DOWNEY - In one of those defining moments that shape the course of one's life, Don Lamkin, the youngest of seven children and 9 at the time, saw the 1971 motorcycle documentary, "On Any Sunday," with his dad. It was filmed by filmmaker Bruce Brown, and featured the likes of motorcycle racing legends Malcolm Smith, Dave Roper and world champions Wayne Ramie and Kevin Schwantz.Ramie is a Downey native, and Roper is the only American to win the Tourist Trophy in 1984; contested annually in the Isle of Man. The documentary also had a segment on Steve McQueen. Lamkin was absolutely hooked! At first, he was just a spectator at racing events. A year later, he got his first motorcycle. It was a 1973 Honda XR-75. It sits today in his house on Pellet Street, which he bought as a bungalow and continues to remodel, adding a room here and a room there - its design a creation of his mind. Viewed from the street, it's looking more and more like a mansion. He chuckles at the memory of when - this was a period in between elementary and junior high - a cop would chase him as he satisfied his need for speed on Downey's railroad tracks and on the riverbeds. He and sometimes a buddy were too fast for the police, he says: they knew escape routes the cops couldn't negotiate. They never got caught. "We had a lot of fun!" Lamkin says. "I just got home from Daytona Beach where I finished the Thruxton Cup national series for the 2011 season," he said. "The season begins in March and ends in October. Before this, I raced in Birmingham, Alabama. I finished the season, my third, with the fifth overall ranking in the nation." The motorcycle racing circuit to which Lamkin belongs involves travel around the country, and it has taken him to such places as Georgia, Michigan, Utah and Willow Springs, to name a few. "I've traveled around the world, too," he said. "I've raced with the best." His work schedule, plus vacation time, allows these action-filled activities. He travels in his van with his two border collies, Dixie and Venice. "Everybody in the circuit knows the dogs," he says. "I've just spent 17 days living in that van." Last year, he made the front cover of the January 2010 issue of the racing magazine, "Vintage Views." He is photographed aboard his 400-lb. Triumph Thruxton 900 in full throttle mode down the Daytona Motor Speedway. Barrel-chested and all of 175-180 pounds packed into his lean 5'9" frame, the summer circuit motorcycle racer moves like a cat in his house, alive to the moment. He picks up his narrative: "I was already 40 when I got interested in ice hockey. A friend of mine invited me to play a little roller hockey. Before this, I'd never even touched a pair of ice skates. Within a few months, I was playing in the Leaf League circuit based in Anaheim. We'd play occasionally at Staples, at the Honda Center, places like that. In the seven years I've been involved, we won two championships while playing for the L.A. Enforcers, which was sponsored by the L.A. County Sheriff's Office. Currently I'm in my third year with the L.A. County Flames. Our sponsor this time is the L.A. County Fire Department." "So in the summer I've got motorcycle racing, and in the winter I play ice hockey, both bruising sports. At times there's a bit of an overlap." Living alone, Lamkin has meanwhile cultivated a garden at the back of his 13,000-sq. ft. property, which he bought in 1994. In addition to tending his 20-odd fruit trees (orange trees, macadamia nut tree, tangerines, persimmon, etc.), he raises vegetables (tomatoes, cucumbers, avocados, etc.). He also maintains a 33-acre working cattle ranch in Venice, Utah, which is a two-hour drive south of Salt Lake City. He says, "I have 20 head of Angus Saler cattle and they feed on grass. A river runs through the ranch. I get organic beef from the operation, which a neighbor runs for me. The cattle we sell at auction. I go to the place twice a year. I race motorcycles there, too. I love the place. Utah is a beautiful place. I love Utah." "I've been a rodeo rider, as well," he adds. In the meantime, Lamkin has dabbled in painting. He's thrilled that at the recent Taste of Downey festival, some prints of one of his paintings actually sold. "I've never taken an art course in my life. I've also done metal sculpture." Another of his deeply evolving interests is music. He knows bands and people in the music industry. His house, he says, has more than once hosted serious music sessions far into the night. "I have a huge passion for music," he says. "Myself, I like to play drums." Incredibly, these are really just adjuncts to his regular professional role as a firefighter, more precisely as a fire engineer since 1989, with the Santa Fe Springs fire department. He has served, all told, for 28 years. He says his fire engine duties take him and crew on daily trips to Downey "to help." He says, on average, a fire department such as Santa Fe Springs' handles medical calls about 80 percent of the time, and just around 10 percent responding to actual fire situations, and 5 percent 'other'. He has taken fire science and general education classes since high school graduation, at Rio Hondo College, at East L.A. College, off and on, and one year of general education studies at Dixie, Utah. He was born in Lynwood in 1962, but he says, "I've lived in Downey practically all my life. I grew up on 3rd Street and Old River School Road." He is of Irish-English ancestry. His five sisters are all residents of California. His brother, the oldest and a former firefighter, has passed away. His dad, he says, was the executive director of the YMCA in South Gate, then served as South Gate Chamber of Commerce manager, followed by a stint in some managerial capacity with the Downey Chamber of Commerce. "He was owner and operator of the Downey Beauty & Barber Supply store on Firestone Boulevard and Downey Avenue," he said. His mom was the actress and musician Dorothy Lamkin, a contemporary of John Hume, etc. Knowing all the above, his active involvement with the Downey Arts Coalition begins to make sense. Indeed, he says the very idea of the coalition, now headed by Andrew Wahlquist, originated with him. Lamkin professes his unconditional love of, and passion for the future of, Downey. He says: "I wanted people to get involved, especially in its arts and cultural life. I envision a Downey enlivened by the presence and works of as many fine artists as possible." "This is my city and my community," he went on. "It goes without saying that we'll need a lot of support from the City Council. I feel that art and culture in the city will help us reach a level that'll put us head and shoulders above the surrounding areas. These are what will make our children want to stay in the community, and not want to move away, when they reach 18. To achieve this, we need to provide them programs that they can get involved in. We have our own symphony orchestra, civic theatre, and now a Downey Arts Coalition, as well as a Downey Art Vibe. We need not only to maintain these [wellsprings of culture], but to build on them." He adds: "I love Downey. I have tremendous passion for this city. I think we have a fantastic situation here-a lot of homegrown talent. We got to take advantage of that." The fourth show of 'Art on the Vine' at Mari's Wine Bar on Firestone Boulevard is on Nov. 12. This is preceded by Downey Art Vibe's two art shows at the Downey Theatre: the first, on Nov. 5, is in conjunction with the America concert, the second, on Nov. 10, is its art gallery presentation, "Suburban Renaissance", both under Valentin Flores' leadership. "I'm involved with both shows," Lamkin says. "Everyone in the Downey community should come out and show their support. A show of support will help our city immensely. There's lots of other things we can do with what we've already got--more venue development, for example." There's one cool Downey dude for you.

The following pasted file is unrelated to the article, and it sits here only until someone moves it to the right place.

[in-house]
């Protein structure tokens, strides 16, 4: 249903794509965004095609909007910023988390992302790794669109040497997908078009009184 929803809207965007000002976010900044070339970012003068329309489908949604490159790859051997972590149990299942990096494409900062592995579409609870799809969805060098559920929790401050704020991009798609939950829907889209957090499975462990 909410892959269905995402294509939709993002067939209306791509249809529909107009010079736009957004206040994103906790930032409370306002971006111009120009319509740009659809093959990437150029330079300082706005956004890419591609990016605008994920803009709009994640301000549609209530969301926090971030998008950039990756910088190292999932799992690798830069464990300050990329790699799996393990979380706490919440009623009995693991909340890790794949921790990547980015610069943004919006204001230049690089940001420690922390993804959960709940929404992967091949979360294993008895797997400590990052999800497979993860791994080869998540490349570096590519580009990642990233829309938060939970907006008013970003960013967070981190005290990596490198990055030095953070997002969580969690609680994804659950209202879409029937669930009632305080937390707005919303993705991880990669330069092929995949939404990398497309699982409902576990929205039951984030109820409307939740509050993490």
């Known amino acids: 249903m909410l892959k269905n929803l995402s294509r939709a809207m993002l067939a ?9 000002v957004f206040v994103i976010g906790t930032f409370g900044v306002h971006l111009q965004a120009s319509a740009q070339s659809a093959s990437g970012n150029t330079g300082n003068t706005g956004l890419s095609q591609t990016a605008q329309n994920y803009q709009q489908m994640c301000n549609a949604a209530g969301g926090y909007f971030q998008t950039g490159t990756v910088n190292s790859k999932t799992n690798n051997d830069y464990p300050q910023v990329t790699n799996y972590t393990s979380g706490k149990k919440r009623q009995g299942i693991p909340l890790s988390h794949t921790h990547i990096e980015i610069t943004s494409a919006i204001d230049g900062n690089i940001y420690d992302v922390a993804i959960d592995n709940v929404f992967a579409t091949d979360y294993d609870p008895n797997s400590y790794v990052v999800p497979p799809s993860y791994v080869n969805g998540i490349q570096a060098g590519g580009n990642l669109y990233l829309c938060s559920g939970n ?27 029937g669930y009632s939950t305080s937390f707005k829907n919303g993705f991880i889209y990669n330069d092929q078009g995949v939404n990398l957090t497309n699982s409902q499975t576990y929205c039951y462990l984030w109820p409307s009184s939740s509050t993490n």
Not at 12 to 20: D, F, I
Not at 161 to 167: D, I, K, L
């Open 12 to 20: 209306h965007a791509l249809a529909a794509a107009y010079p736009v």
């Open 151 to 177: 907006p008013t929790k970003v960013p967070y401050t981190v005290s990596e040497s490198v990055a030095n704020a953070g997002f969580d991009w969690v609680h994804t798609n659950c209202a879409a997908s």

********** Published: November 03, 2011 - Volume 10 - Issue 29